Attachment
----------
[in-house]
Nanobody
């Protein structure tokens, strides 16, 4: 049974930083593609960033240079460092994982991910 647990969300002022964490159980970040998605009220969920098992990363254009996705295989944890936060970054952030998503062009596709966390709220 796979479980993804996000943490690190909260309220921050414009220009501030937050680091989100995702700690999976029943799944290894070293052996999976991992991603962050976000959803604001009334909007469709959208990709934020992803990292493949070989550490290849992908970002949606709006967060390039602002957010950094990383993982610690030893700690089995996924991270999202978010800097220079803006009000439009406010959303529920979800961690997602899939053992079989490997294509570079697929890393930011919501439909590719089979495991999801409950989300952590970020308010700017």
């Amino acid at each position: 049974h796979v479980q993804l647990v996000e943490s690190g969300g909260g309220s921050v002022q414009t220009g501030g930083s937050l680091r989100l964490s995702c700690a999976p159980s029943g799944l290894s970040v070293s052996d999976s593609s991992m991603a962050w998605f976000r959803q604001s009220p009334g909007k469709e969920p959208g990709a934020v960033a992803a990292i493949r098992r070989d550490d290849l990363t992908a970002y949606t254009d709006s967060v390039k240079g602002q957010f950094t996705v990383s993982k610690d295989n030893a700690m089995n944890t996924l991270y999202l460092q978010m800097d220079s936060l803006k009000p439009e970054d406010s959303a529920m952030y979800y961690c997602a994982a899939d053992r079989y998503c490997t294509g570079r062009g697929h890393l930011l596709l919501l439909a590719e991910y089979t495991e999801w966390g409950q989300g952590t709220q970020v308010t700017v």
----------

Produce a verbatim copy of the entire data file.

[in-house]
Nanobody
């Protein structure tokens, strides 16, 4: 049974930083593609960033240079460092994982991910 647990969300002022964490159980970040998605009220969920098992990363254009996705295989944890936060970054952030998503062009596709966390709220 796979479980993804996000943490690190909260309220921050414009220009501030937050680091989100995702700690999976029943799944290894070293052996999976991992991603962050976000959803604001009334909007469709959208990709934020992803990292493949070989550490290849992908970002949606709006967060390039602002957010950094990383993982610690030893700690089995996924991270999202978010800097220079803006009000439009406010959303529920979800961690997602899939053992079989490997294509570079697929890393930011919501439909590719089979495991999801409950989300952590970020308010700017």
């Amino acid at each position: 049974h796979v479980q993804l647990v996000e943490s690190g969300g909260g309220s921050v002022q414009t220009g501030g930083s937050l680091r989100l964490s995702c700690a999976p159980s029943g799944l290894s970040v070293s052996d999976s593609s991992m991603a962050w998605f976000r959803q604001s009220p009334g909007k469709e969920p959208g990709a934020v960033a992803a990292i493949r098992r070989d550490d290849l990363t992908a970002y949606t254009d709006s967060v390039k240079g602002q957010f950094t996705v990383s993982k610690d295989n030893a700690m089995n944890t996924l991270y999202l460092q978010m800097d220079s936060l803006k009000p439009e970054d406010s959303a529920m952030y979800y961690c997602a994982a899939d053992r079989y998503c490997t294509g570079r062009g697929h890393l930011l596709l919501l439909a590719e991910y089979t495991e999801w966390g409950q989300g952590t709220q970020v308010t700017v």